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Dublin: 7°C Thursday 22 October 2020

New Roy Keane autobiography gets October release date

The much-anticipated book, entitled The Second Half, is being written by Roddy Doyle.

 The Second Half will be released on 9 October.
The Second Half will be released on 9 October.

Updated at 12.16

ROY KEANE’S NEW autobiography will be released on 9 October, it has been confirmed.

The much-anticipated book, entitled The Second Half, is being ghostwritten by Roddy Doyle, and follows on from the star’s initial autobiography, Keane, which was released in 2003.

Following the release of the book, an event with Keane and Doyle will be held on 22 October in the RDS, with tickets, which will be priced at €40, going on sale at on 16 September at 10am.

Keane will also be appearing with Doyle at similar events in London and Manchester on 20 and 21 October respectively in conversation with Jim White of The Telegraph.

Commenting on the upcoming release, Roy Keane said: “My football career both on and off the pitch has been colourful, to say the least, and I look forward to chatting about the highs and lows. People may not have expected Roddy Doyle and me to come together to write a book, but I really enjoyed the process and look forward to discussing it in front of a live audience with Roddy on the night.”

A blurb for the forthcoming book, which documents the life of the current Ireland and Aston Villa assistant boss, reads as follows: “What is said to be a stunning collaboration with Booker Prize-winning author Roddy Doyle, The Second Half blends anecdote and reflection in Roy Keane’s inimitable voice. The result is an unforgettable personal odyssey which fearlessly challenges the meaning of success.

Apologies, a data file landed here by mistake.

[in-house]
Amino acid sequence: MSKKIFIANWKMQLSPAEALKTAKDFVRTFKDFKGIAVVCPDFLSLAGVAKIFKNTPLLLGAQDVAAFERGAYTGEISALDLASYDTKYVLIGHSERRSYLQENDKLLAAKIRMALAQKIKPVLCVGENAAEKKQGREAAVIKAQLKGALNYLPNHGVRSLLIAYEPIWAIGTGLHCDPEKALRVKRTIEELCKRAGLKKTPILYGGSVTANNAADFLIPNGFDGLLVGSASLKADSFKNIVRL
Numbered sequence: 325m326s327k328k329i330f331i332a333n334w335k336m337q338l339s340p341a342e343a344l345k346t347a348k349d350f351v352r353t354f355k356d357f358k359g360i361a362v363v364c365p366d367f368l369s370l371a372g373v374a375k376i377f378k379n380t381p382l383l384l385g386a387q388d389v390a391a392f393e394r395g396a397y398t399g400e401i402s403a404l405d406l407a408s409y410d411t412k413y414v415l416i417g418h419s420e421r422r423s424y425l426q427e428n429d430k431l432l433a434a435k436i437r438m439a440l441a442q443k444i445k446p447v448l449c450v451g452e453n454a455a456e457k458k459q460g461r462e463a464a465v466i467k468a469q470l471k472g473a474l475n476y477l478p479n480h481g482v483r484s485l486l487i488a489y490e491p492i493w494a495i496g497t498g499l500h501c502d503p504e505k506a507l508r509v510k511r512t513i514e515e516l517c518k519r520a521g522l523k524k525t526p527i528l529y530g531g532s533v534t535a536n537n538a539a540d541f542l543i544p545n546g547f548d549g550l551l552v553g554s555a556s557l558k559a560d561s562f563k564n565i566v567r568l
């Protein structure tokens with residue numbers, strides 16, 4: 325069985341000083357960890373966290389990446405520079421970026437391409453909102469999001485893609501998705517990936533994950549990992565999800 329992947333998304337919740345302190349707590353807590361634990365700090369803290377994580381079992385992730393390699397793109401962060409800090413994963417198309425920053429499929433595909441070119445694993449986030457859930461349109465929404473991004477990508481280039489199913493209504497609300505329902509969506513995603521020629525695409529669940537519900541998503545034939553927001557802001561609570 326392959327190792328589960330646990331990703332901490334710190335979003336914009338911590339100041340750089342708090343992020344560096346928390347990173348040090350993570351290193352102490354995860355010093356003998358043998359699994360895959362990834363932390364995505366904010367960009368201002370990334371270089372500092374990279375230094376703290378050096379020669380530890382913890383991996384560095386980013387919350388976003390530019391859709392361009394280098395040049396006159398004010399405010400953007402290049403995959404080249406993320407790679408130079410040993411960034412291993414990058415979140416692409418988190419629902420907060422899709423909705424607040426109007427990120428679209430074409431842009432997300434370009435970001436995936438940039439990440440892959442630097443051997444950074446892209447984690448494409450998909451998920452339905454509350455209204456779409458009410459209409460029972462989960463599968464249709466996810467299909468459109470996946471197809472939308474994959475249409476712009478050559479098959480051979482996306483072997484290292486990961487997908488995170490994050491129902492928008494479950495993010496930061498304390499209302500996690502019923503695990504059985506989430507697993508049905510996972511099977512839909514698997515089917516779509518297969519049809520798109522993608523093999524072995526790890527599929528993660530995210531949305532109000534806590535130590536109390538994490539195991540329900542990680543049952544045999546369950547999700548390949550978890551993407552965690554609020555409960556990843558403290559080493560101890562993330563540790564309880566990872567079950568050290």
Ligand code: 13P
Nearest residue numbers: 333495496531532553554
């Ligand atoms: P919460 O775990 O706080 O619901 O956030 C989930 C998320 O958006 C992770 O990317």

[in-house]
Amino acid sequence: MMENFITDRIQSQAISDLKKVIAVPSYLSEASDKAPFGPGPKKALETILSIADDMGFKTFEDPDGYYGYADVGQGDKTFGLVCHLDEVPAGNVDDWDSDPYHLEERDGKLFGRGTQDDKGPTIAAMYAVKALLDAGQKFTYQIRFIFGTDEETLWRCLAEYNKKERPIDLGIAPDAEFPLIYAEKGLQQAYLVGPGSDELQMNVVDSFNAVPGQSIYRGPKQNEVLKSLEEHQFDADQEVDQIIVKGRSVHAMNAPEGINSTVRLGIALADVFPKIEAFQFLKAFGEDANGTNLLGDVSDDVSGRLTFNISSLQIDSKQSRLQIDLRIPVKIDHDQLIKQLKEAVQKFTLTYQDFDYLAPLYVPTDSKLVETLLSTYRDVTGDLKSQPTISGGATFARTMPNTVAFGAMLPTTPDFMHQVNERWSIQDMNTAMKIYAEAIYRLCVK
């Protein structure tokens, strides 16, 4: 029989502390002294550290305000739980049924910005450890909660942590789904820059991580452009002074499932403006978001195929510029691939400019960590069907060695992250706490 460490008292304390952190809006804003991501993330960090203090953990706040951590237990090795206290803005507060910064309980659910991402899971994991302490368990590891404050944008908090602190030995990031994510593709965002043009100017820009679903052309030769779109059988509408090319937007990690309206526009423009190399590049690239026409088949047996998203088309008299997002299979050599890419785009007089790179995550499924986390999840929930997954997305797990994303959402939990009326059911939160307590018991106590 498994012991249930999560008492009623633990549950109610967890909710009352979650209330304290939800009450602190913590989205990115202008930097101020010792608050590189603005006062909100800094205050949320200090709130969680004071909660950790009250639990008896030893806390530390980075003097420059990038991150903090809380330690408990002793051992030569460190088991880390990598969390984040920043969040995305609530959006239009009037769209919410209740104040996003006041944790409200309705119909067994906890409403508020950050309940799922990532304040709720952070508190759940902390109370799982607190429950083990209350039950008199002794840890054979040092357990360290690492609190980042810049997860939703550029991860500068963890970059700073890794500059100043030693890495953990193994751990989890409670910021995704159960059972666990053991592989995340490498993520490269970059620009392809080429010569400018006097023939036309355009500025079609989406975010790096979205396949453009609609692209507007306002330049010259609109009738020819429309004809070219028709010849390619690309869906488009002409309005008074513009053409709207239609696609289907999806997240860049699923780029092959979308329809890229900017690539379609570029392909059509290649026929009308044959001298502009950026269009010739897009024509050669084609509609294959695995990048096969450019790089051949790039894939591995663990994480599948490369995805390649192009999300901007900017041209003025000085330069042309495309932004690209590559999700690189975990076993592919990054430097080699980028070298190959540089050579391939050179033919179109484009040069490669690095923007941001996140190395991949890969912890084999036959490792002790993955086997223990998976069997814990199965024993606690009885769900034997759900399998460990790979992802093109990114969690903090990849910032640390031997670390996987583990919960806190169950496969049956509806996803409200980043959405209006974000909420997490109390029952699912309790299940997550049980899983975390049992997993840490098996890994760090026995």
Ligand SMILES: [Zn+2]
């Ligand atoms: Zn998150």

“In an 18-year playing career for Cobh Ramblers, Nottingham Forest, Manchester United and Celtic, Keane dominated every midfield he led to glory. Aggressive and highly competitive, his attitude helped him to excel as captain of Manchester United from 1997 until his departure in 2005.

“Playing at an international level for nearly all his career, he represented the Republic of Ireland for over 14 years, mainly as team captain, until an incident with national coach Mick McCarthy resulted in Keane’s walk-out from the 2002 World Cup. Since retiring as a player, Keane has managed Sunderland and Ipswich and has most recently been busy in his role as assistant manager to Martin O’Neill and the Republic of Ireland football.

“As part of an elite group of football players, Keane has had a life like no other. His status as one of football’s greatest stars is undisputed, but what of the challenges beyond the pitch? How did he succeed in coming to terms with life as a former Manchester United and Ireland leader and champion, reinventing himself as a manager and then a broadcaster, and cope with the psychological struggles this entailed?”

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Paul Fennessy

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